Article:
There have been two felony convictions since and while Private Bradley Manning has pleaded guilty to some of the charges assessed against his leak (noted below), he still faces more serious charges under his current court martial. “Though the Justice Department issued no explicit directive to pursue leakers more vigorously, according to [DOJ] officials, the climate in which leaks were judged changed markedly as a new team of national security officials joined the Obama administration and quickly ran head-on into what it saw as distressing lapses in controlling state secrets….‘There was a lot of pressure to use every possible investigative tool,’ said one senior former prosecutor who spoke on the condition of anonymity because he is not authorized to speak for the Justice Department.” New York Times, July 20th.
After all, we’ve had the WikiLeaks scandal (including Army private Manning, who supplied sensitive diplomatic cables that were part of Julian Assange’s massive publication), a retired general (James Cartwright) who may have let it be known that the US had planted the Stuxnet virus into Iranian computer-controlled centrifuges and most recently, the rather devastating revelation by Defense contractor-employee, Edward Snowden, that detailed the government’s massive surveillance efforts of both its citizens and its allies.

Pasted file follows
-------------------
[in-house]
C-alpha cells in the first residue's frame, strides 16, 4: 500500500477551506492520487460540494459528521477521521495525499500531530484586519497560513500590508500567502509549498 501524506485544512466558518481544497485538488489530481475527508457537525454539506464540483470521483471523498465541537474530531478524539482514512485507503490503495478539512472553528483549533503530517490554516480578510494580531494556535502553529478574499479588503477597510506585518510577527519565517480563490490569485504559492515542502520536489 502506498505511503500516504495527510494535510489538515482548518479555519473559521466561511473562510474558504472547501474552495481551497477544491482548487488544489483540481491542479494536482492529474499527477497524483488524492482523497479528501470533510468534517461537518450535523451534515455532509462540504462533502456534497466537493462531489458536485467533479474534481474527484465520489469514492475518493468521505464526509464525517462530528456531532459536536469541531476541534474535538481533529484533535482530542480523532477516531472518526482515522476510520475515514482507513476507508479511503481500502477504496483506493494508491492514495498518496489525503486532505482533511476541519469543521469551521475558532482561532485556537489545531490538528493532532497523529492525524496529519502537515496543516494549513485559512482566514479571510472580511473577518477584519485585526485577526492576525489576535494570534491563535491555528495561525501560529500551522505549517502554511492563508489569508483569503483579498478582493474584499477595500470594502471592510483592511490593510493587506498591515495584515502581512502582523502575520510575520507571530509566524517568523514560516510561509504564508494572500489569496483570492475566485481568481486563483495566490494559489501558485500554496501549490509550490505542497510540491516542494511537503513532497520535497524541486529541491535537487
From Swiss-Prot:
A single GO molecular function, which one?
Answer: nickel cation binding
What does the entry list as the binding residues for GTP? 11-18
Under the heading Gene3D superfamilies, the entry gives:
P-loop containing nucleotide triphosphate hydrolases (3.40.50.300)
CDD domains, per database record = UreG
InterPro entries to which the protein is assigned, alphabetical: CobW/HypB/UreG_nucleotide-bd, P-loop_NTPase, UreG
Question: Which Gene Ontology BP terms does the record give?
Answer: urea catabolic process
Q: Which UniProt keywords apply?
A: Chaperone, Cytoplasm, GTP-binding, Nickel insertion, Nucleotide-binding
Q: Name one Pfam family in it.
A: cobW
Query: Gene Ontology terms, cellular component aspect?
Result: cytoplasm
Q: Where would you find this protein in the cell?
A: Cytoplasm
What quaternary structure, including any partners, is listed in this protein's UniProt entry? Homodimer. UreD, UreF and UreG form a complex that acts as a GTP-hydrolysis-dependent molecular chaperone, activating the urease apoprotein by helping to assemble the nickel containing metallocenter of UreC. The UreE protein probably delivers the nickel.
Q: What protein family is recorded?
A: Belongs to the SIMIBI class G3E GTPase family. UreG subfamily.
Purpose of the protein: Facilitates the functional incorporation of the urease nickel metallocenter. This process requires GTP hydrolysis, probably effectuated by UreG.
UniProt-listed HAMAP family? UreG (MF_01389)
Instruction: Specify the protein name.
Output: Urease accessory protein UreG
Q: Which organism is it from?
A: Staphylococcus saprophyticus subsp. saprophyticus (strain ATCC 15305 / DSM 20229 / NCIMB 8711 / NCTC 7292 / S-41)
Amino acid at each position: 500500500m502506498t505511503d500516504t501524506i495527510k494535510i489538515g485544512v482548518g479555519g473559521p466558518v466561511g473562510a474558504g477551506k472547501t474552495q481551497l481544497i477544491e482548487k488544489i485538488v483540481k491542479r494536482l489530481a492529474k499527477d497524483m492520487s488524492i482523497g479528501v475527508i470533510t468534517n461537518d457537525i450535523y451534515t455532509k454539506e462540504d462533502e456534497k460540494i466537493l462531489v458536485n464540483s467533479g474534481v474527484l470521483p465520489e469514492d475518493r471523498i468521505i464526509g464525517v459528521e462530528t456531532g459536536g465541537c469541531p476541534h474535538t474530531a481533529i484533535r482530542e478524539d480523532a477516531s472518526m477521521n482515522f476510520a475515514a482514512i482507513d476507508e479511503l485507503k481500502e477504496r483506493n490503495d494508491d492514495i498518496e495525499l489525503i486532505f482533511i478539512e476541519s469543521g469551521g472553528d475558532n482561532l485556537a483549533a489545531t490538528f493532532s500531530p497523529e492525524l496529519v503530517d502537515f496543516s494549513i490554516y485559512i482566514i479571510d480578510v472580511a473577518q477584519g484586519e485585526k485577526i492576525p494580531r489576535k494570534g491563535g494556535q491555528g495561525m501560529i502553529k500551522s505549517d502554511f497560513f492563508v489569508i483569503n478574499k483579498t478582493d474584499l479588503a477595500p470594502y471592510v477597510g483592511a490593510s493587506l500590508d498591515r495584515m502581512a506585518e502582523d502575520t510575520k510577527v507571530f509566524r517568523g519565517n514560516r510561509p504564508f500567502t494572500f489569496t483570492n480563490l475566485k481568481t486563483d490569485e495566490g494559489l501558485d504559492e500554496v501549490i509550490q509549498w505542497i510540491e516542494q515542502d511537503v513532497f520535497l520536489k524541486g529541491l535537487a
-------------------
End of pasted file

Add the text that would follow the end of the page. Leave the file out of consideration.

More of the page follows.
A recent federal appellate court ruled that the First Amendment does not protect journalists from revealing their sources when they receive such sensitive “leaked” information, a case that will undoubtedly make its way to a very conservative U.S. Supreme Court. It was a victory for Holder’s new directive to stop the leaks, but it also raises some very serious constitutional questions.

While we really cannot run a government that cannot keep state secrets in a hostile world of hackers, extremists and out-and-out hostile enemy forces, we are also a nation of constitutional limits, protective statutes and powerful democratic underpinnings. If the world does not know when our government roguishly oversteps those clear limits, then perhaps we are no better than those totalitarian states that we constantly decry in the name of individual liberty, privacy and human rights. The issue, of course, is allowing one individual’s opinion of “right and wrong” – without checks and balances – to make a national security decision that could be of monumental importance. And if a security-cleared employee or contract feels strongly that those constitutional limits have been exceeded, exactly what alternatives exist for that individual to make a case?